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I have SSH connection only for specific IP's allowed at the router, i.e. all requests for port 22 are blocked except 2 custom services on the router allow SSH from ...
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  1. #1
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    hosts.allow vs hosts.deny


    I have SSH connection only for specific IP's allowed at the router, i.e. all requests for port 22 are blocked except 2 custom services on the router allow SSH from my home and a software vendor's office. Both addresses are in hosts.allow for sshd. If one of these addresses were in hosts.deny which file would control access?

  2. #2
    Linux Guru Lazydog's Avatar
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    I believe allow is read before deny. You should be able to google this.
    I prefer to use iptables for this.

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    Robert

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  3. #3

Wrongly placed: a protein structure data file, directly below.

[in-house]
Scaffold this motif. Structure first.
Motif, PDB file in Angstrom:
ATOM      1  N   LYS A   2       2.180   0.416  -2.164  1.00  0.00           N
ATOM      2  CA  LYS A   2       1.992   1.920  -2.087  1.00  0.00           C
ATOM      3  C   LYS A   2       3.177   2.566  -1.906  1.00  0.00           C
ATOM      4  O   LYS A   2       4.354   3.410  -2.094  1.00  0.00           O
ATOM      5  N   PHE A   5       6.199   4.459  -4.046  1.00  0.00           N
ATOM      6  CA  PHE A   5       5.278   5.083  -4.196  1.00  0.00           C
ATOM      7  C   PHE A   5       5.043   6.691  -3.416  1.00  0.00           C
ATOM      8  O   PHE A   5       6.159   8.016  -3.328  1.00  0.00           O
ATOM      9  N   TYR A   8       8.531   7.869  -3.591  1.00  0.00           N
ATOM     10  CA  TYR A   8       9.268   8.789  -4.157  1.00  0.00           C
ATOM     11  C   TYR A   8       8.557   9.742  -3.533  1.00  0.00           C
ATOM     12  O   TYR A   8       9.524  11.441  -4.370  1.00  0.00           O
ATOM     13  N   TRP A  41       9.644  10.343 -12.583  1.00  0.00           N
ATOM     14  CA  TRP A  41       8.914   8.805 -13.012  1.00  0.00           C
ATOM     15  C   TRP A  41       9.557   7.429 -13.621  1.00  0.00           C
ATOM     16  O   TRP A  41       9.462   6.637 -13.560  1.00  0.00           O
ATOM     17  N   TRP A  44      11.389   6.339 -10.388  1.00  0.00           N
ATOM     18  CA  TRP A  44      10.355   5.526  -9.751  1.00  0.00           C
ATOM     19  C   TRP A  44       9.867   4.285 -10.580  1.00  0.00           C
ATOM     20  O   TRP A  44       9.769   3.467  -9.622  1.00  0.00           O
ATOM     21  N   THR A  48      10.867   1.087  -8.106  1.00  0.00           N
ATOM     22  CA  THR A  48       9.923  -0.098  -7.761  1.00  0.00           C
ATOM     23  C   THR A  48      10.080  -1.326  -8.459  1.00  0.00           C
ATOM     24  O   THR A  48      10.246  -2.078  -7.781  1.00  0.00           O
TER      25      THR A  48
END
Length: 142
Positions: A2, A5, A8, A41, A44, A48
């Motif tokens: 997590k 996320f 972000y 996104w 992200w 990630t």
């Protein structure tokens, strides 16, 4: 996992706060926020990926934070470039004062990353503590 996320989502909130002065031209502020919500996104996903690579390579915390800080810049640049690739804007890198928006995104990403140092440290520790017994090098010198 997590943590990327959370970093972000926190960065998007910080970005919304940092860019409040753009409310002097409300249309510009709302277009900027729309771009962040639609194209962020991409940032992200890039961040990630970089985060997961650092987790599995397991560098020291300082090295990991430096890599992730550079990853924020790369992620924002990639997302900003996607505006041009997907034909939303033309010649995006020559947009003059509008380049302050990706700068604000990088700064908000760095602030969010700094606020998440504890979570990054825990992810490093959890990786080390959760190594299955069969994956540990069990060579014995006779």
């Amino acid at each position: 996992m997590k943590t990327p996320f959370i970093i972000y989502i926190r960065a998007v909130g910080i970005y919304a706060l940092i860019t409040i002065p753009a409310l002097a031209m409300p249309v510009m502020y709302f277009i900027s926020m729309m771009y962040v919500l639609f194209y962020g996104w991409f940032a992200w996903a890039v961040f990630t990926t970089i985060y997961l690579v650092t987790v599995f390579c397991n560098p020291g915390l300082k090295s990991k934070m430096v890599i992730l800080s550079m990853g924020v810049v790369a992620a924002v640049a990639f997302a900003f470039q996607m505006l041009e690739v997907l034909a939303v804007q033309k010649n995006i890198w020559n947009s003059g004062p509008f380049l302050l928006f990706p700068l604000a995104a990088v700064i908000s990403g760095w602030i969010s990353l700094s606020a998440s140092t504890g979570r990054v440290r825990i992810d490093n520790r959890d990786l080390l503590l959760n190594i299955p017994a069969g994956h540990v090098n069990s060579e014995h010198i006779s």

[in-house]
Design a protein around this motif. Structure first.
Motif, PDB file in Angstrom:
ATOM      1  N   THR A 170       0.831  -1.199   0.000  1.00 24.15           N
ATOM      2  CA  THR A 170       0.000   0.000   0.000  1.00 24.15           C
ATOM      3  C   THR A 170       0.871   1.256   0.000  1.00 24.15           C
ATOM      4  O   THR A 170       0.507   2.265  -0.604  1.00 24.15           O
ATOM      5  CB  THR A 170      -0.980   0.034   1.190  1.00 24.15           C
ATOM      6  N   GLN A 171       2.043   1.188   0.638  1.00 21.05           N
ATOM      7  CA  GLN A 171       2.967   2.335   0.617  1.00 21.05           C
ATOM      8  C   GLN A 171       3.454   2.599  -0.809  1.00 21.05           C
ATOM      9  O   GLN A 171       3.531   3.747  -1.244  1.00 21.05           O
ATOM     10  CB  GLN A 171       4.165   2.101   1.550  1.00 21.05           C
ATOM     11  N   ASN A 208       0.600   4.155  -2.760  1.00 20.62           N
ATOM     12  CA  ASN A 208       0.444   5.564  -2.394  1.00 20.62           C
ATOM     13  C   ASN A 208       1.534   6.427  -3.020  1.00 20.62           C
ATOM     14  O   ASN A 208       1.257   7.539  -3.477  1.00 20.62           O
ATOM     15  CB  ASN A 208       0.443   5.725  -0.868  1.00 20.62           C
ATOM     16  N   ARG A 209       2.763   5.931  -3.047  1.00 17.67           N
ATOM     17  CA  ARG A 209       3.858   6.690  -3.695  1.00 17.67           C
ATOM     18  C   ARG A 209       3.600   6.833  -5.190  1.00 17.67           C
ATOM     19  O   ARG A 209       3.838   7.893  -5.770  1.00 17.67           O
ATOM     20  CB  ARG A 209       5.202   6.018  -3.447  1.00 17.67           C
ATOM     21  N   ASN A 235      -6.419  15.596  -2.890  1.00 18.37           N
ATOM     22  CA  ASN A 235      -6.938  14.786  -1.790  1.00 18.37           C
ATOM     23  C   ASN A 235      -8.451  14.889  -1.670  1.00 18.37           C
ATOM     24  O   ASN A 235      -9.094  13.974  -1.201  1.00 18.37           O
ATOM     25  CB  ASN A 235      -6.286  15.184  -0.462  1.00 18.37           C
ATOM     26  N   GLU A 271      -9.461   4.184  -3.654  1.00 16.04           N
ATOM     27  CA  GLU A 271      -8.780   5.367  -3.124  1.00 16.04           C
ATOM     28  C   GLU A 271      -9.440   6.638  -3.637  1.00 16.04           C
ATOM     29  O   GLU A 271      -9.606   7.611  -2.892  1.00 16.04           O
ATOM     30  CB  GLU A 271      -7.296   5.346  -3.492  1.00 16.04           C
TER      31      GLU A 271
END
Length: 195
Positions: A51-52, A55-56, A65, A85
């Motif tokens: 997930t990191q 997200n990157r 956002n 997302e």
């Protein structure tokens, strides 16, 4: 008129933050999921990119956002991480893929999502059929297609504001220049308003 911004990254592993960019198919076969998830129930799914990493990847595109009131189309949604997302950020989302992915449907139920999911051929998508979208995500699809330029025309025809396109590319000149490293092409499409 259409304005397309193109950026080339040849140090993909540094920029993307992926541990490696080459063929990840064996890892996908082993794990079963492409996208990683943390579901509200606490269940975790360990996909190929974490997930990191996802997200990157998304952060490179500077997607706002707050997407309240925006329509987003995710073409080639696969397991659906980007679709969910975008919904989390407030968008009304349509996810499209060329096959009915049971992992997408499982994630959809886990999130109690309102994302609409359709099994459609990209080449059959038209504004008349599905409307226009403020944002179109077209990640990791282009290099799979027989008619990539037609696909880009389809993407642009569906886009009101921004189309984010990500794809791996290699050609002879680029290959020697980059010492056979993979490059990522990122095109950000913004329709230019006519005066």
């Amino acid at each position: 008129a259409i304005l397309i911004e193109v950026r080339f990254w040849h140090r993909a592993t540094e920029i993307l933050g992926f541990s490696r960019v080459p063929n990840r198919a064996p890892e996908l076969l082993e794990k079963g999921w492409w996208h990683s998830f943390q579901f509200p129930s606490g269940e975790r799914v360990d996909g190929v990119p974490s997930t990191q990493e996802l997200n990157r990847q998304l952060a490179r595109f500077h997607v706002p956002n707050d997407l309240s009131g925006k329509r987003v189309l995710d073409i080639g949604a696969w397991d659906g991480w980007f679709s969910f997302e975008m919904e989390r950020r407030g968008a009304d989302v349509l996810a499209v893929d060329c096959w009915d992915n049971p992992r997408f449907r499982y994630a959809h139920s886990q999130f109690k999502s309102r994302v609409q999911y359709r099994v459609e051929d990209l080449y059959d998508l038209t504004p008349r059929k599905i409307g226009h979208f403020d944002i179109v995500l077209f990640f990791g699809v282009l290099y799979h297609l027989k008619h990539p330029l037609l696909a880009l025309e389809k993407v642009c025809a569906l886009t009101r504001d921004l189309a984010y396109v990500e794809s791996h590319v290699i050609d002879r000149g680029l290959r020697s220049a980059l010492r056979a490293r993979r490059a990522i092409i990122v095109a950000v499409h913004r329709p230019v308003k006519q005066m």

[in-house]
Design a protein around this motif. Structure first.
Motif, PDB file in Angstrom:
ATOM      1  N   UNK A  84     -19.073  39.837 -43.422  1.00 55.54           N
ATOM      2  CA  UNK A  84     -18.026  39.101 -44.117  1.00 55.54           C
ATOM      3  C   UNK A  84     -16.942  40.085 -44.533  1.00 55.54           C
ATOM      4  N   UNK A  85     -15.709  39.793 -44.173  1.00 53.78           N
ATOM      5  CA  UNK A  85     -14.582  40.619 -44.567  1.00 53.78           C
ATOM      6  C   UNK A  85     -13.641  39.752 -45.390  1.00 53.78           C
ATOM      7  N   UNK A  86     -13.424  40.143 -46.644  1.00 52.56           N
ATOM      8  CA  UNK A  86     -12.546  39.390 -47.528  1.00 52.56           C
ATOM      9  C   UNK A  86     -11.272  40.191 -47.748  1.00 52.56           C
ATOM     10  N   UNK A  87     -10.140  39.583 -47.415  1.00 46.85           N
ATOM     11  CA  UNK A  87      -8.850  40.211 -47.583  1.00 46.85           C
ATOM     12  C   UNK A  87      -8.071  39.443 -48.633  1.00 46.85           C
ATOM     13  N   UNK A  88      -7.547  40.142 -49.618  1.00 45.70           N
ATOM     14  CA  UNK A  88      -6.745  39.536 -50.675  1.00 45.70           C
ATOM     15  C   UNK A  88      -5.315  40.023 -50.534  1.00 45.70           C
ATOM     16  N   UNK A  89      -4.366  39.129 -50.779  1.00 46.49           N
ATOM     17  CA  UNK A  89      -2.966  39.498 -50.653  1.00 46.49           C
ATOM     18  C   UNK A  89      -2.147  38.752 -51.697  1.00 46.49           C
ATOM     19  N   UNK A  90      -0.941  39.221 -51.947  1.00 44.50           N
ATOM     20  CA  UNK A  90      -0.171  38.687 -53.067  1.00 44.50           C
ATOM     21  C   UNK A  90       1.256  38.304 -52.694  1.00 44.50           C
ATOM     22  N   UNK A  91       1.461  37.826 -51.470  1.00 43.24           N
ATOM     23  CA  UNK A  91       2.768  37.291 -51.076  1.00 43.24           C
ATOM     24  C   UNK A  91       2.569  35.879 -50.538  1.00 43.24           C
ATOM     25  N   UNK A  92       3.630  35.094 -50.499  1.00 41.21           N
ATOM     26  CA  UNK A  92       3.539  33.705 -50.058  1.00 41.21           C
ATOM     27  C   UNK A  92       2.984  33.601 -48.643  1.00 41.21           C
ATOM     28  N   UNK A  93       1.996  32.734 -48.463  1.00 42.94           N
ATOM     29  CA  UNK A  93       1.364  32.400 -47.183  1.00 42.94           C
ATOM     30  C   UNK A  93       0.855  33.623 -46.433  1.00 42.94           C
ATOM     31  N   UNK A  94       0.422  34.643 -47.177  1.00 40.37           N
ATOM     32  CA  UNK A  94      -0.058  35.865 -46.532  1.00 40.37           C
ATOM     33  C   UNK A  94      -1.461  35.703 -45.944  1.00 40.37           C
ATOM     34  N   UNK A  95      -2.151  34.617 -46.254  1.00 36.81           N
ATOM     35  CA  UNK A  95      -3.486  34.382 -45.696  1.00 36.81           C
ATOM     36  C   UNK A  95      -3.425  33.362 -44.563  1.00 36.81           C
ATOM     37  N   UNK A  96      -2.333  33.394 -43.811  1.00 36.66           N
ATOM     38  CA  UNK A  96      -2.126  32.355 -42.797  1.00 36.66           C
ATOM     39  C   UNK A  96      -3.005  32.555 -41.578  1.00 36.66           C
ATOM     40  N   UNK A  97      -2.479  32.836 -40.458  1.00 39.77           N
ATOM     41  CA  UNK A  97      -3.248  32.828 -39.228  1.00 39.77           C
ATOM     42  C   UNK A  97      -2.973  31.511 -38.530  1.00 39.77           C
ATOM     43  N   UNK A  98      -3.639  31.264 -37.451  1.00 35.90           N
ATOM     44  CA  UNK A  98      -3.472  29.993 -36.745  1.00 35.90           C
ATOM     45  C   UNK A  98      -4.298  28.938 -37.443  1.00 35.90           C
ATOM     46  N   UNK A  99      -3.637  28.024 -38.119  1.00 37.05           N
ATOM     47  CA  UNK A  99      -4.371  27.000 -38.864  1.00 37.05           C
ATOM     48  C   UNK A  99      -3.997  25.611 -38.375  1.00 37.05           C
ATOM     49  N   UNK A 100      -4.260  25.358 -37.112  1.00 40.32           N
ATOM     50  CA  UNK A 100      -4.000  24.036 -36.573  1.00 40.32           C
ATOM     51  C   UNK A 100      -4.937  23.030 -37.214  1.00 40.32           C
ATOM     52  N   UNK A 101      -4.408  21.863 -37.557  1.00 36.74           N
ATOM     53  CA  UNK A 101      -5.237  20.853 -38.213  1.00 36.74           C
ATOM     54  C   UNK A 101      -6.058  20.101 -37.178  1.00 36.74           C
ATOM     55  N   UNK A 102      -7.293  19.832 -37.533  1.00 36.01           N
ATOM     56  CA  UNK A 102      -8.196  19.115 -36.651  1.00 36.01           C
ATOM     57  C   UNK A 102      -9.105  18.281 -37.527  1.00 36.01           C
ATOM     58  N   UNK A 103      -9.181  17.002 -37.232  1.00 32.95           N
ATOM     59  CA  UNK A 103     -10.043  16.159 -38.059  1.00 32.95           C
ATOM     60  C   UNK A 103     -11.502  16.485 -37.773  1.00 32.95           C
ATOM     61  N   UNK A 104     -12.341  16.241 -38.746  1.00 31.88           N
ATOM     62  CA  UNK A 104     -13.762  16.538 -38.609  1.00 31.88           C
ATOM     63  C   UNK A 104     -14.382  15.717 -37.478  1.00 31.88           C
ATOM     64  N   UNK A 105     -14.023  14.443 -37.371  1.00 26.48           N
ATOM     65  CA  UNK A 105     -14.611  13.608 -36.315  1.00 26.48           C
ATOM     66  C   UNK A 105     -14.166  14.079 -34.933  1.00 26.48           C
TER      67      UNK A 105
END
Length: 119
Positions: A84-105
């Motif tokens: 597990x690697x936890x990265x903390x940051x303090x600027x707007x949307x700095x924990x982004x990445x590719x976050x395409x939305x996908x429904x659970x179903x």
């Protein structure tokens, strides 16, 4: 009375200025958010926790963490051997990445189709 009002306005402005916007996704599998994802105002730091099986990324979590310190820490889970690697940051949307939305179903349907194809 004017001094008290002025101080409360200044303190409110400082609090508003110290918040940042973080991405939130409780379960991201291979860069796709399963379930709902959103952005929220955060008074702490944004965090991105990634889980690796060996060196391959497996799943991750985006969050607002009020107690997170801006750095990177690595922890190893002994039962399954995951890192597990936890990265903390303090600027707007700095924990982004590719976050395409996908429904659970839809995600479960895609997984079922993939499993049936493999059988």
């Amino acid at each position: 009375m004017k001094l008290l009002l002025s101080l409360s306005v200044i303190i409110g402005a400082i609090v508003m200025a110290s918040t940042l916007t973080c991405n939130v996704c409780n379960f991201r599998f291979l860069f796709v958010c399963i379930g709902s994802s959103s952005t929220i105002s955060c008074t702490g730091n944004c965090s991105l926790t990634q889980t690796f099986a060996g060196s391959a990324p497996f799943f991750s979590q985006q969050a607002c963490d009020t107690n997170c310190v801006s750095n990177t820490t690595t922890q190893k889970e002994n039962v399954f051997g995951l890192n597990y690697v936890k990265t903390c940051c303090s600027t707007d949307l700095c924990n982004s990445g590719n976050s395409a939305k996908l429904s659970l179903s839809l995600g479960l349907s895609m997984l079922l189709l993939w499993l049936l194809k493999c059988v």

Linux Engineer Kloschüssel's Avatar
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    I generally dislike those setups. If - by any chance - ip addresses change (new ISP?) and somebody forgets to update the configuration (or notices the change later or is informed by the ISP too late or simply forgets that specific host) you have successfully firewalled yourself out of your administrator domain.

    There is at least one smarter way to secure ssh against bruteforce attacks that I know about: fail2ban

    It will monitor the ssh logfiles for failed login attempts and after hitting a treshold (i.e. 3 times) it will firewall the source for 15 minutes.

    Of course that helps only if you use one superstrong credential that can't be guessed and multiple ssh keys (my favorite) for employees that shouldn't know the superstrong master credential (and of course are not allowed to change it ).

    Cheers

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